Currently I am a Senior Research Fellow (and concurrently appointed to a Research Councils’ UK Academic Fellowship) in the Optical Networks Group, where I have a brilliant opportunity to continue my research of the fundamental effects governing high speed (> 80 Gbit/s/channel) optical transmission and all-optical signal processing.

Information not available at time of printing.

I have been working in the group of Prof. Sergei A. Kozlov at St.Petersburg State University of Information Technologies, Mechanics and Optics, Russia since 1996 when I was a second-year student. I analyze theoretically phenomena accompanying propagation of intense femtosecond laser pulses in transparent media. In 2000, on the last year of my Masters program I was awarded IEEE/LEOS Graduate Student Fellowship. That time I should make a choice whether to continue my favorite University studies within the framework of a Ph.D. course after graduation or look for another job, most likely not purely scientific because the financial situation in Russian science was very difficult. Successfully, the Fellowship money appeared to be the base for my studies and I joined Ph.D. program in ultrafast optics. In addition, the Fellowship helped me participate in the European Conference on Optical Com-munications 2001, held in Amsterdam, The Netherlands.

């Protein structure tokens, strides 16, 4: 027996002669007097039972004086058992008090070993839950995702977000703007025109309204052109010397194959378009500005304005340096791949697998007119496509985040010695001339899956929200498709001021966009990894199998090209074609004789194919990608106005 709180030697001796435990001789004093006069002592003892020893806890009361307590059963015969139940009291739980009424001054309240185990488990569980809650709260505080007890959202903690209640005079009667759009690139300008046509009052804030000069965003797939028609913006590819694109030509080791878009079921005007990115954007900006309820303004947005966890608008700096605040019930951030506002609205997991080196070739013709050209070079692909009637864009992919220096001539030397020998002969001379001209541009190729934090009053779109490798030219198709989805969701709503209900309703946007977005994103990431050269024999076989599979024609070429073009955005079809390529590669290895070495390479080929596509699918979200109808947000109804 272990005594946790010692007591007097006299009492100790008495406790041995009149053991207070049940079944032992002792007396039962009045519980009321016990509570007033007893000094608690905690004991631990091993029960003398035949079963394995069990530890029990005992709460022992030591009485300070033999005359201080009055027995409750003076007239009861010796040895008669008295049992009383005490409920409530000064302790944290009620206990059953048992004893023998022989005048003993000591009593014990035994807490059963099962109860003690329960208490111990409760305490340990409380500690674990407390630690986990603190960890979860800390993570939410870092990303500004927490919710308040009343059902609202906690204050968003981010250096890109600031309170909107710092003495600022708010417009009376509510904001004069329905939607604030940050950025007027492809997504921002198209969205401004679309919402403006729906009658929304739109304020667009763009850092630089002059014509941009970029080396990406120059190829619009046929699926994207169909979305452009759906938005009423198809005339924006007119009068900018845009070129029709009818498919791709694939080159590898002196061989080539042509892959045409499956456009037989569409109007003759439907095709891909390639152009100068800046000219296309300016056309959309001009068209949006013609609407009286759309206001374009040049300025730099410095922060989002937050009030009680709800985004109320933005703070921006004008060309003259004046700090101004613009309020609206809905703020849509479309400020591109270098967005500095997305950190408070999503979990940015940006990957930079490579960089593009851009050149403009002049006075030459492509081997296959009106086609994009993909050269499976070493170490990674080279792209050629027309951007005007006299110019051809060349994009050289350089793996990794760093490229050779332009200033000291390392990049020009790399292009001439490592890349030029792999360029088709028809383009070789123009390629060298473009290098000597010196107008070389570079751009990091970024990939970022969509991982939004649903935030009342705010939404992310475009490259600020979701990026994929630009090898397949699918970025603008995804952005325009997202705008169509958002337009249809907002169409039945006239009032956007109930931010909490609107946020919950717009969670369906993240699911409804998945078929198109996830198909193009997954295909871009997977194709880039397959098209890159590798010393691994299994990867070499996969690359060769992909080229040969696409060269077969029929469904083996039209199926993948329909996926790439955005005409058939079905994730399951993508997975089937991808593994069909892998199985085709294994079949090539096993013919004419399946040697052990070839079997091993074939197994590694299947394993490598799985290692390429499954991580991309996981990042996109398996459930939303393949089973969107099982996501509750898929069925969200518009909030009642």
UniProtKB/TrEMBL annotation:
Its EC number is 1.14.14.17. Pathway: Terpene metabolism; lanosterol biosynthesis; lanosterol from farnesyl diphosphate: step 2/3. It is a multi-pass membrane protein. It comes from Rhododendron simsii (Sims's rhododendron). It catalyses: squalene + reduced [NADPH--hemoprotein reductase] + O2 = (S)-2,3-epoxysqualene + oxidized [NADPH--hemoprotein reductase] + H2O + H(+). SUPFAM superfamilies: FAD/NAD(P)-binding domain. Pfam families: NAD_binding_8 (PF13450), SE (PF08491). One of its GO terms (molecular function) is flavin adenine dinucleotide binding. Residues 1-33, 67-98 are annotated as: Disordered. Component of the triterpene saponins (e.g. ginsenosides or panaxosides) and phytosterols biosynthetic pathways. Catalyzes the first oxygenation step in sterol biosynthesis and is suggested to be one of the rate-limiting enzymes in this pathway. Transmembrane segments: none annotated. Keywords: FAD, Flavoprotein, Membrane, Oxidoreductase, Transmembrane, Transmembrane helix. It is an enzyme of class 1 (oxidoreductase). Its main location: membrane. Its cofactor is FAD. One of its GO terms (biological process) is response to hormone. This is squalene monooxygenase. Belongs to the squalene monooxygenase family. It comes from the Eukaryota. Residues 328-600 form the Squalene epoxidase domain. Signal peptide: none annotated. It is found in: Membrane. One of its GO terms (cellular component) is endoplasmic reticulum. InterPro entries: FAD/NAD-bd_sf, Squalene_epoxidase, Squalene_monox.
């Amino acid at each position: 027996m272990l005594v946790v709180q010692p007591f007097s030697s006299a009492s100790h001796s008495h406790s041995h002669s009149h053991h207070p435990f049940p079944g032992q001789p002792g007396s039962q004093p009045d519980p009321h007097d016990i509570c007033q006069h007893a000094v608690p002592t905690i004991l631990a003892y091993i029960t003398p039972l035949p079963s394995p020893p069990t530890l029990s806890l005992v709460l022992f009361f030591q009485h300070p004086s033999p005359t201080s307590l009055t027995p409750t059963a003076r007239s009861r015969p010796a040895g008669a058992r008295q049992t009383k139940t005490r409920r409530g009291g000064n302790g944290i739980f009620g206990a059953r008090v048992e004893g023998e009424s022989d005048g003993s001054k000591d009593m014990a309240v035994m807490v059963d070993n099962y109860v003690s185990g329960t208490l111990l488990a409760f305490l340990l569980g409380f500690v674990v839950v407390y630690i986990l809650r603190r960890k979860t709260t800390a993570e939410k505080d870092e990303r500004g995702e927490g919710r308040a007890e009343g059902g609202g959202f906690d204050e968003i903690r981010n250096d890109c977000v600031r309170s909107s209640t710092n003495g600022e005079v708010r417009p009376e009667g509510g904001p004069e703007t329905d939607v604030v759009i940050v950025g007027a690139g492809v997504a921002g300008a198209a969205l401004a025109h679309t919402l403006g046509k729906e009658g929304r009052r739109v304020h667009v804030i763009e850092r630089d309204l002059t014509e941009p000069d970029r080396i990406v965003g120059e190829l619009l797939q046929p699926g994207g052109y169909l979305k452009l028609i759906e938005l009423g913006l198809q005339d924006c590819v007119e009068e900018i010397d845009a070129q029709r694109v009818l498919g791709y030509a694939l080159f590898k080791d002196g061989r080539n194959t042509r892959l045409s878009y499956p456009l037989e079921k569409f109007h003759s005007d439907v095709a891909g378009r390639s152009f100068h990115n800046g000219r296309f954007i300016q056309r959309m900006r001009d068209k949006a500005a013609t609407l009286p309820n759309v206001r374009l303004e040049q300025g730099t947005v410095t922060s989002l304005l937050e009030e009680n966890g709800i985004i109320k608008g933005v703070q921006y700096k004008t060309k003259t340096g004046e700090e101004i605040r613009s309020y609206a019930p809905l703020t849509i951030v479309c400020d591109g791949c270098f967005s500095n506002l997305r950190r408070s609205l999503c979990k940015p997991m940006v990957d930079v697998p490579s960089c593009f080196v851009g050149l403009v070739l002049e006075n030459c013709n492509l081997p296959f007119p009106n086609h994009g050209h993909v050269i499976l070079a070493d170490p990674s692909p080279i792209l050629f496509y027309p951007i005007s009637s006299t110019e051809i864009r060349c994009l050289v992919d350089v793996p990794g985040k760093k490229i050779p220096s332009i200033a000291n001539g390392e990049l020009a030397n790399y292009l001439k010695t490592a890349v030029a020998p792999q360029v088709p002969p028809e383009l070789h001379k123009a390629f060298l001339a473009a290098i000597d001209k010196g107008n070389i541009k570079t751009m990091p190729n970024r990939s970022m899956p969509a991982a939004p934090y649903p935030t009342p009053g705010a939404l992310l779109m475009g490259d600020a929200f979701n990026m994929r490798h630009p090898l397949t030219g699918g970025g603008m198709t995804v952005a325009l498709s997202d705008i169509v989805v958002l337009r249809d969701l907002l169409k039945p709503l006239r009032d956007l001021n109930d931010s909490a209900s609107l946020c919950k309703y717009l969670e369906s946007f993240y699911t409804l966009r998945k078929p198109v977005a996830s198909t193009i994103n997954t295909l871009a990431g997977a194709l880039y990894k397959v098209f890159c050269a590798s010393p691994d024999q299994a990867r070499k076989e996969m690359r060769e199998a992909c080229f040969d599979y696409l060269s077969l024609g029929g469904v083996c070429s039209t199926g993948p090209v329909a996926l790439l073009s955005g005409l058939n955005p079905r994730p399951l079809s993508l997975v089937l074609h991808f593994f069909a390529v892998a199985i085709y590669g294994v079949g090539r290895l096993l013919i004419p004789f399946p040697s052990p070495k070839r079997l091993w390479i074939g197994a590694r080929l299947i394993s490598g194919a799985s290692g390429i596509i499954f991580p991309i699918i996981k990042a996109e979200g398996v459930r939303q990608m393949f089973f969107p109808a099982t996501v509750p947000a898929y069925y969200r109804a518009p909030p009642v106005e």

In 2003 I finalized my thesis titled “Scenarios of spectral ultrabroadening of intense femtosecond laser pulses in optical waveguides” and received the Degree of Candidate of Science in Phys. and Math., which is the Russian equivalent of Ph.D. Since 2004 I am working for the Degree of Doctor of Science, the highest scientific degree in Russia similar to Full Professorship. I continue researches in ultrafast optics, supervise M.S. students and teach general physics to first-year students. I am an author and co-author of 30 papers in Russian and International scientific journals and more than 40 reports at International Con-ferences. The IEEE/LEOS Graduate Student Fellowship opened me a way to other international awards for young scientists as SPIE Educational Scholarships in Optical Science and Engineering including named Nakajima Scholarships (2001-2004) and OSA New Focus Student Award (2001). I am very grateful to IEEE/LEOS for supporting my scientific career.

Information not available at time of printing.